“I was born in Dublin, I went to an all Irish school Colaiste Mhuire which was great and learning the national language is something that is important to Ireland. I studied electronic engineering at DCU and started in 1988 and graduated from there in 1993 as I had a little detour for a year. I did a six month placement in the ESB during college which was really interesting and something I highly recommend. My first job was as a basic network engineer in a company called Timas. Then I went to a company called Data Port International. After Data Port International I joined ESAT Telecom thinking I’d stay there for a couple of years and move on. I worked for a year with Timas and a year and a half with Dataport and I was thinking one or two years and move on, but ESAT Telecom was just so dynamic. I moved rapidly and even changed roles three or four times within two years. I got into management fairly early on in my career and moved into operations. And then in 2000 just after BT bought us I was appointed as the Networks Director. That was my first large management role on the leadership team. I moved around a little bit from there, forming the Wholesale business unit in 2005/2006 which was half sales and half operations. Then in 2011 Colm O’Neill asked me to take over from him as Business and Sales Director. In 2015 I took over as MD of BT Ireland and haven’t looked back since. Engineering is a great basic degree for moving into any role as there is a lot of problem solving and a great deal of complexity coming with it.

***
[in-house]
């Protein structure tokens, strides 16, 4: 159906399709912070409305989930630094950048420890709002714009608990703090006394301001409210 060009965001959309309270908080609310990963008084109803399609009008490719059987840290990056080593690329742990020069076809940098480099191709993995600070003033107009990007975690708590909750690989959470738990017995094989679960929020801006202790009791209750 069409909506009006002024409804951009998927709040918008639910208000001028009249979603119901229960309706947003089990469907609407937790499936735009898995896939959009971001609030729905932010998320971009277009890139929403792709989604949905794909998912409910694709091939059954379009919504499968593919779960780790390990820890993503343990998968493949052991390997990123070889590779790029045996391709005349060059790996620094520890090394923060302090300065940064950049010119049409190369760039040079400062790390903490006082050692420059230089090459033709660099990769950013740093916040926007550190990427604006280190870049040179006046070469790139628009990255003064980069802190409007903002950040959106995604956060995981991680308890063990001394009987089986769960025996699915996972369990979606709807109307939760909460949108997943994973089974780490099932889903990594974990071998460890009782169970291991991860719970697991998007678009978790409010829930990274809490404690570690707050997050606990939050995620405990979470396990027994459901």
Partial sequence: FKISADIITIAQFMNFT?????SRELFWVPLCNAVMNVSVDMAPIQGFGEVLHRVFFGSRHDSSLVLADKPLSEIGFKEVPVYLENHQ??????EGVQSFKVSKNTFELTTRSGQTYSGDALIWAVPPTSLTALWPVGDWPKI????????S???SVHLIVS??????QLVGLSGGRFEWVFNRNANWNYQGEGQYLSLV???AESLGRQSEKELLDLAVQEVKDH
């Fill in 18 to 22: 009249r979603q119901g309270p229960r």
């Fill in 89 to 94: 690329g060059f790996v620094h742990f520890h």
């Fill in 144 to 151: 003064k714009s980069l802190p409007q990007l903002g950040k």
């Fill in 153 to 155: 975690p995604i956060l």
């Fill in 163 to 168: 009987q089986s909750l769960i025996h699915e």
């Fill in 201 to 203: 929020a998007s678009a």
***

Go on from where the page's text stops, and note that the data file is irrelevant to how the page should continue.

My only advice is I never hesitated in taking an opportunity and facing a challenge and there were a few of them. The best thing to do is get involved and not to be afraid of failing or putting yourself forward. To err is to be human. The simple theory in life is try and leave something in a better state then you found it in and if you can do that then it’s more than half the job done.

 

Shay Walsh